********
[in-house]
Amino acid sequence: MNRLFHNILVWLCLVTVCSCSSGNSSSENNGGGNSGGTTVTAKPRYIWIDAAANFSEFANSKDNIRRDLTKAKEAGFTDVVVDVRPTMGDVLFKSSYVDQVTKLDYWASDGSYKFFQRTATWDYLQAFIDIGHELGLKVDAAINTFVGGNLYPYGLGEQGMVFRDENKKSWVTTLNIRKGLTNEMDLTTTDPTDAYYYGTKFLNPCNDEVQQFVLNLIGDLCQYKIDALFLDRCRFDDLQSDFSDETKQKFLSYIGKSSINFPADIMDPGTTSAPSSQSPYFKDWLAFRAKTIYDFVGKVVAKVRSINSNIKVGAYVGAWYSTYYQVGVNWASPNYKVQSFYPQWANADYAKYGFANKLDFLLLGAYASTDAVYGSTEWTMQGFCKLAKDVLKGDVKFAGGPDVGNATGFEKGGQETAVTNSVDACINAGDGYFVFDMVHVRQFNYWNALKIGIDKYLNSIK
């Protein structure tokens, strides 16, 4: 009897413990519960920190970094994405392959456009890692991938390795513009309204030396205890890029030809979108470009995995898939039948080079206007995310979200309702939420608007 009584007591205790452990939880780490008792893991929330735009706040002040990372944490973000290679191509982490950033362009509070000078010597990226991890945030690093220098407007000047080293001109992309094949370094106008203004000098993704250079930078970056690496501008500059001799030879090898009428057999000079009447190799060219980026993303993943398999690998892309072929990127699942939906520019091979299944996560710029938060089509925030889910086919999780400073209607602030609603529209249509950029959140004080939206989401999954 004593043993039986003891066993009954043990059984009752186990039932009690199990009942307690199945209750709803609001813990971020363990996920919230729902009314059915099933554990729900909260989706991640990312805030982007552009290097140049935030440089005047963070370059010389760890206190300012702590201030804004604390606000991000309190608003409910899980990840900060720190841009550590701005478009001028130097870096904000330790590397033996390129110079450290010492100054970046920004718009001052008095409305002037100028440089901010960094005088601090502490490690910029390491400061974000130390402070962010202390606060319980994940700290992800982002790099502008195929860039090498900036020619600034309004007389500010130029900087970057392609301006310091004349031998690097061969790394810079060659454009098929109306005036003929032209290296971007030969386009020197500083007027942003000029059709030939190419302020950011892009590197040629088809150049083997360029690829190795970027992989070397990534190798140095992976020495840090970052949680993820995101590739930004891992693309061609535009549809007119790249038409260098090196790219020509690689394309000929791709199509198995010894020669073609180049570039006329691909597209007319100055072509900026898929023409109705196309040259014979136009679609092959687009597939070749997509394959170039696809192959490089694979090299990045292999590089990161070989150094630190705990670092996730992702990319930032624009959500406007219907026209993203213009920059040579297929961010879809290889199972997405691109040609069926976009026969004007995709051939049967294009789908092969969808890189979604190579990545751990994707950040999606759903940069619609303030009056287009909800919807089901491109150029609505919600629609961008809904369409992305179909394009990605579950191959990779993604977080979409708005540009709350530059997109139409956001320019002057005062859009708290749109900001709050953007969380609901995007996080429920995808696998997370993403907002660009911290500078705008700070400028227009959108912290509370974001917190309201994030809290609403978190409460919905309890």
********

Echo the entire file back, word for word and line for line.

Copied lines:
[in-house]
Amino acid sequence: MNRLFHNILVWLCLVTVCSCSSGNSSSENNGGGNSGGTTVTAKPRYIWIDAAANFSEFANSKDNIRRDLTKAKEAGFTDVVVDVRPTMGDVLFKSSYVDQVTKLDYWASDGSYKFFQRTATWDYLQAFIDIGHELGLKVDAAINTFVGGNLYPYGLGEQGMVFRDENKKSWVTTLNIRKGLTNEMDLTTTDPTDAYYYGTKFLNPCNDEVQQFVLNLIGDLCQYKIDALFLDRCRFDDLQSDFSDETKQKFLSYIGKSSINFPADIMDPGTTSAPSSQSPYFKDWLAFRAKTIYDFVGKVVAKVRSINSNIKVGAYVGAWYSTYYQVGVNWASPNYKVQSFYPQWANADYAKYGFANKLDFLLLGAYASTDAVYGSTEWTMQGFCKLAKDVLKGDVKFAGGPDVGNATGFEKGGQETAVTNSVDACINAGDGYFVFDMVHVRQFNYWNALKIGIDKYLNSIK
């Protein structure tokens, strides 16, 4: 009897413990519960920190970094994405392959456009890692991938390795513009309204030396205890890029030809979108470009995995898939039948080079206007995310979200309702939420608007 009584007591205790452990939880780490008792893991929330735009706040002040990372944490973000290679191509982490950033362009509070000078010597990226991890945030690093220098407007000047080293001109992309094949370094106008203004000098993704250079930078970056690496501008500059001799030879090898009428057999000079009447190799060219980026993303993943398999690998892309072929990127699942939906520019091979299944996560710029938060089509925030889910086919999780400073209607602030609603529209249509950029959140004080939206989401999954 004593043993039986003891066993009954043990059984009752186990039932009690199990009942307690199945209750709803609001813990971020363990996920919230729902009314059915099933554990729900909260989706991640990312805030982007552009290097140049935030440089005047963070370059010389760890206190300012702590201030804004604390606000991000309190608003409910899980990840900060720190841009550590701005478009001028130097870096904000330790590397033996390129110079450290010492100054970046920004718009001052008095409305002037100028440089901010960094005088601090502490490690910029390491400061974000130390402070962010202390606060319980994940700290992800982002790099502008195929860039090498900036020619600034309004007389500010130029900087970057392609301006310091004349031998690097061969790394810079060659454009098929109306005036003929032209290296971007030969386009020197500083007027942003000029059709030939190419302020950011892009590197040629088809150049083997360029690829190795970027992989070397990534190798140095992976020495840090970052949680993820995101590739930004891992693309061609535009549809007119790249038409260098090196790219020509690689394309000929791709199509198995010894020669073609180049570039006329691909597209007319100055072509900026898929023409109705196309040259014979136009679609092959687009597939070749997509394959170039696809192959490089694979090299990045292999590089990161070989150094630190705990670092996730992702990319930032624009959500406007219907026209993203213009920059040579297929961010879809290889199972997405691109040609069926976009026969004007995709051939049967294009789908092969969808890189979604190579990545751990994707950040999606759903940069619609303030009056287009909800919807089901491109150029609505919600629609961008809904369409992305179909394009990605579950191959990779993604977080979409708005540009709350530059997109139409956001320019002057005062859009708290749109900001709050953007969380609901995007996080429920995808696998997370993403907002660009911290500078705008700070400028227009959108912290509370974001917190309201994030809290609403978190409460919905309890």